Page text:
Six Nations talking points: Faithful Joe Schmidt caught on his heels
Why were there empty seats when the Irish team needed their fans most on Saturday?
Slow to change
Quite rightly, Joe Schmidt retained faith in the Ireland side which beat the All Blacks for Saturday’s Six Nations opener against England, with Conor Murray and Robbie Henshaw the only new faces. But from the outset, the heroes of last November struggled to get a foothold in the game.
England’s intensity and linespeed meant Ireland’s Plan A didn’t work - their big ball carriers were bouncing backwards, and they were unable to gain territory. Yet despite Ireland being dominated, Schmidt and his team were reluctant to change things.
Sean O’Brien was kept on ice until the 65th minute, Sean Cronin the 68th, Joey Carbery the 73rd and John Cooney the 77th. It was too late. Compare this to Wales on Friday - Warren Gatland changed his halfbacks on 53 minutes, just after Wales had pulled it back to 16-14, having trailed 16-0 at half-time. Dan Biggar’s calming influence was the antithesis of France’s kamikaze finish, and he steered the Welsh over the line. Gatland’s pragmatism paid off, Schmidt was caught on his heels. (Patrick Madden)
It only takes a modest shift in emotional energy to see a turnaround in repeat meetings a week apart, and 10 months on from Ireland’s Grand Slam finale in Twickenham, it was England who brought the heightened levels of desire.
This was evident on the pitch, via the ref link, and on the benches according to people nearby, and was palpable in the stands too. The Irish supporters took exception to Swing Low and drowned it out with boos a few times, but hardly once broke into The Fields themselves.
Unlike the All Blacks game in November, there were vast swathes of empty green when the teams emerged for the anthems. It seems as if only the haka can get an Irish crowd into their seats well before kick-off.
They were relatively subdued and many made for the exits well before the end. Some of the home crowd’s performance didn’t deserve a win any more than the team. (Gerry Thornley)
French acclimatisation necessary
Romain Ntamack has discovered in recent weeks that being a gifted teenager in underage rugby doesn’t necessarily translate to senior level in the same vein, lessons received in the Champions Cup and now the Six Nations Championship.
The lynchpin in France’s Under-20 World Junior Championship win last summer, he demonstrated impressive maturity initially to force his way onto the Toulouse first team, where he became a regular fixture in the Top 14. It was in Europe and specifically the game against Leinster at the RDS, that Ntamack was targeted by the home side and no matter where Toulouse tried to hide him in the defence line, Leinster were able to flush him out. It was the same at the Stade de France on Friday night, where one or two flashes of ability aside, he struggled to cope at inside centre.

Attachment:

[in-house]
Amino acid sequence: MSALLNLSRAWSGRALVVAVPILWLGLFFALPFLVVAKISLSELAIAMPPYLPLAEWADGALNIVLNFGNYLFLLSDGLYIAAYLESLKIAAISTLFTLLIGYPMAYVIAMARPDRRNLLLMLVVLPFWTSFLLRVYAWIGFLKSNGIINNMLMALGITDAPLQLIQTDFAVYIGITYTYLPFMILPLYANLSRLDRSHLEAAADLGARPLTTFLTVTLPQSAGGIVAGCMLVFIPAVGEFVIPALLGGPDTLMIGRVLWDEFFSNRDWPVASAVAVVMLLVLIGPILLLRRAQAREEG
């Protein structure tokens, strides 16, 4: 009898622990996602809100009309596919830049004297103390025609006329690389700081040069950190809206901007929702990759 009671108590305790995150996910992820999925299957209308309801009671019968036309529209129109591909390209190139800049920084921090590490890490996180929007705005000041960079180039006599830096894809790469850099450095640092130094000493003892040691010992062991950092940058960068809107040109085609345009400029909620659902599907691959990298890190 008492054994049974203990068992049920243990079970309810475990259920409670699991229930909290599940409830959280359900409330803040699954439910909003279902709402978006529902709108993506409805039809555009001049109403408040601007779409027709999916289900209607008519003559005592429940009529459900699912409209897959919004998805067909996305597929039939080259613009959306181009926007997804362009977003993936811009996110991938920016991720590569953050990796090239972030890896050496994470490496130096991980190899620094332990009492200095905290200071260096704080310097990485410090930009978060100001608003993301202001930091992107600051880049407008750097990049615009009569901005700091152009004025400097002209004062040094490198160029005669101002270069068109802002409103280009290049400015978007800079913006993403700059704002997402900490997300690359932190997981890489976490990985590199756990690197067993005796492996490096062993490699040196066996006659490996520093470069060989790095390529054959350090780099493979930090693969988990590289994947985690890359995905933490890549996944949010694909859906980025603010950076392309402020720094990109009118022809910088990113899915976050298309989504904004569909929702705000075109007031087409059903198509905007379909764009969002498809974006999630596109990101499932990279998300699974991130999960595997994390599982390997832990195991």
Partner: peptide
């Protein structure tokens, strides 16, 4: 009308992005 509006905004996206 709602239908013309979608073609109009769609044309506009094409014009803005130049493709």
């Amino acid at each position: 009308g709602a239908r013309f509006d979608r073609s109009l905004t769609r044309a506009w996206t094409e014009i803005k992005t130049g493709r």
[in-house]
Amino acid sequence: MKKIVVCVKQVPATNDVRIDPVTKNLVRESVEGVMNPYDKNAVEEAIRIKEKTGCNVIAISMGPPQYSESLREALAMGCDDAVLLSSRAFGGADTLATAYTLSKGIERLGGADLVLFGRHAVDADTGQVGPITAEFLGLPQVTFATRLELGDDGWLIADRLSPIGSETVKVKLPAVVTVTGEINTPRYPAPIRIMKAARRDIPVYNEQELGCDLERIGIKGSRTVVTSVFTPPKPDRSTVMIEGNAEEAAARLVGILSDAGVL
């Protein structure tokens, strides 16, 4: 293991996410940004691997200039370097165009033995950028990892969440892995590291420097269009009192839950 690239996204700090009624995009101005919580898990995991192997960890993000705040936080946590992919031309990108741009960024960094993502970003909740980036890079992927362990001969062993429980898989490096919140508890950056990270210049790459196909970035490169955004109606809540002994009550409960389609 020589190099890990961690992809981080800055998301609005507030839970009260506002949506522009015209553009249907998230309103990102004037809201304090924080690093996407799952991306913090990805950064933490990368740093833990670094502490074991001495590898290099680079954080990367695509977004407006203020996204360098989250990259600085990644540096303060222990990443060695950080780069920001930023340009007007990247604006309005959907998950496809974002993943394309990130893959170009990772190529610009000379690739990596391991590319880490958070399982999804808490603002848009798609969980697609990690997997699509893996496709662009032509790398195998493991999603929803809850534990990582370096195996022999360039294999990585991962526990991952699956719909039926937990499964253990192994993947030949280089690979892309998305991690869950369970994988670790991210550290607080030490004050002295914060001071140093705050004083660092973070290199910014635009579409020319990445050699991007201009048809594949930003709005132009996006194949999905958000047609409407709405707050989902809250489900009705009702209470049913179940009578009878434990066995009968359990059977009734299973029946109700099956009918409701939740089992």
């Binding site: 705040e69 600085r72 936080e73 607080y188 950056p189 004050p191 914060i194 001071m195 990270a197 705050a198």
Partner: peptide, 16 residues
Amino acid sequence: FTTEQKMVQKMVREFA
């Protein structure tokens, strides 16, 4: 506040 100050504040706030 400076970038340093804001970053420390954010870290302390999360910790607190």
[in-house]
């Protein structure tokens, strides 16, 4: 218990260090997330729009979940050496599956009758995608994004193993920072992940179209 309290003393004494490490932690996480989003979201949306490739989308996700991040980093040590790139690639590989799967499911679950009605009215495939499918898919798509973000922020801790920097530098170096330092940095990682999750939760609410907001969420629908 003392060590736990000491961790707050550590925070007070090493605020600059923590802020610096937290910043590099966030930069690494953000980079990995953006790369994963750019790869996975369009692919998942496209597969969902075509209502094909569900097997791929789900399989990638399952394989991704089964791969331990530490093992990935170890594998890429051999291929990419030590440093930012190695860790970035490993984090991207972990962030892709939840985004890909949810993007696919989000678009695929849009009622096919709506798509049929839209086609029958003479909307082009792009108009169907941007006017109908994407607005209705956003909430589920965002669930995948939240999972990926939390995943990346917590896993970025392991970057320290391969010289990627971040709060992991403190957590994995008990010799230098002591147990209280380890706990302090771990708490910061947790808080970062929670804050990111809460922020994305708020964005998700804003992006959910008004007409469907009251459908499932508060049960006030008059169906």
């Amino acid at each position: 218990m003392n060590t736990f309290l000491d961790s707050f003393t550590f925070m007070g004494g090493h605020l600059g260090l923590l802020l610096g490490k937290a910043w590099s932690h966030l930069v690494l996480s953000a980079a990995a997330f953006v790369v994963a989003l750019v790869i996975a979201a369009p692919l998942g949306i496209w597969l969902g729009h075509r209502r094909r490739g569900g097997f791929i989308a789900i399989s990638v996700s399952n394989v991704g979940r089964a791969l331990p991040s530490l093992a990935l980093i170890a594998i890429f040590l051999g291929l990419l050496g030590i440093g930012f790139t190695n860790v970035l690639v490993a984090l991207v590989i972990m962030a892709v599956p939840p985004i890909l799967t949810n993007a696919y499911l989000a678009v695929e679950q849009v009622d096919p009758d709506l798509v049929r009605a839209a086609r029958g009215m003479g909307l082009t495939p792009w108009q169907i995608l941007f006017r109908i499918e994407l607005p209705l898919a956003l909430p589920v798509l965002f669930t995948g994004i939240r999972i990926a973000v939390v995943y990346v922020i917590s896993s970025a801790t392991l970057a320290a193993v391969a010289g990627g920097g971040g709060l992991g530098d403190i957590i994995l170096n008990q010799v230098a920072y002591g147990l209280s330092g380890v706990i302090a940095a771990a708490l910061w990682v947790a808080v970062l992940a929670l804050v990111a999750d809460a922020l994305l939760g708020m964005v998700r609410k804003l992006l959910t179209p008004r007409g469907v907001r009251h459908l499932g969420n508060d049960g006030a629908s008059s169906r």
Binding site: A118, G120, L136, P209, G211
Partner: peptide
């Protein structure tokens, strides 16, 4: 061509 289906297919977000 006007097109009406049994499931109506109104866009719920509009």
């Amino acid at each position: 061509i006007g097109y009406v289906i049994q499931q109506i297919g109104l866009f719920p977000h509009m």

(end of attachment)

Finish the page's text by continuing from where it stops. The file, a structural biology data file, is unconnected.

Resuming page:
There is no doubting his talent but acclimatisation process may take a little longer and that is unlikely to include an unbroken run of caps in the national side. (John O’Sullivan)
Battle for Irish hearts and minds
Joe Schmidt did not look for excuses. He was asked about England’s tactics of slowing down ball with bodies. He was asked about the late tackles on players, Keith Earls twice by Tom Curry and Maro Itoje and Johnny Sexton once by Billy Vunipola.
He was asked to complain about how England went about their business. But he didn’t do it. He knew England did to Ireland what Ireland would have gladly done to them. England were simply better at it. And it worked. End of.
The hurt in his voice was that his team which contest everything everywhere were bullied by brawn and the world was watching. What happened there? Why did they lose those moments? Irish fallibility was laid bare. Now, how to get Irish hearts and minds back to where they respect all but fear none is the most important task for Andy Farrell and Schmidt this week. (Johnny Watterson)
Just like that the collective Irish mindset gets altered. Joe Schmidt’s team can only atone for this heavy beating by winning the championship in Cardiff (if that’s even possible anymore).
That means scoring more points than a Wales side that happily defended the life out of a sloppy, badly coached France in Paris. Consider the brutal road ahead and already those ghosts of 2015 are looming. Dev Toner’s recurring ankle injury threatens to fracture the foundation stone of Ireland’s attack - the lineout - with good news on Tadhg Beirne and Iain Henderson desperately required before Schmidt is forced to select from the Connacht locking department at Murrayfield and beyond.
Solutions to being dominated by the English pack will not be visible until the World Cup quarter-final, probably against gargantuan South Africans. Saturday was the test to see if Ireland are physically capable of going where they have never been before and they comprehensively failed it. Sobering. (Gavin Cummiskey)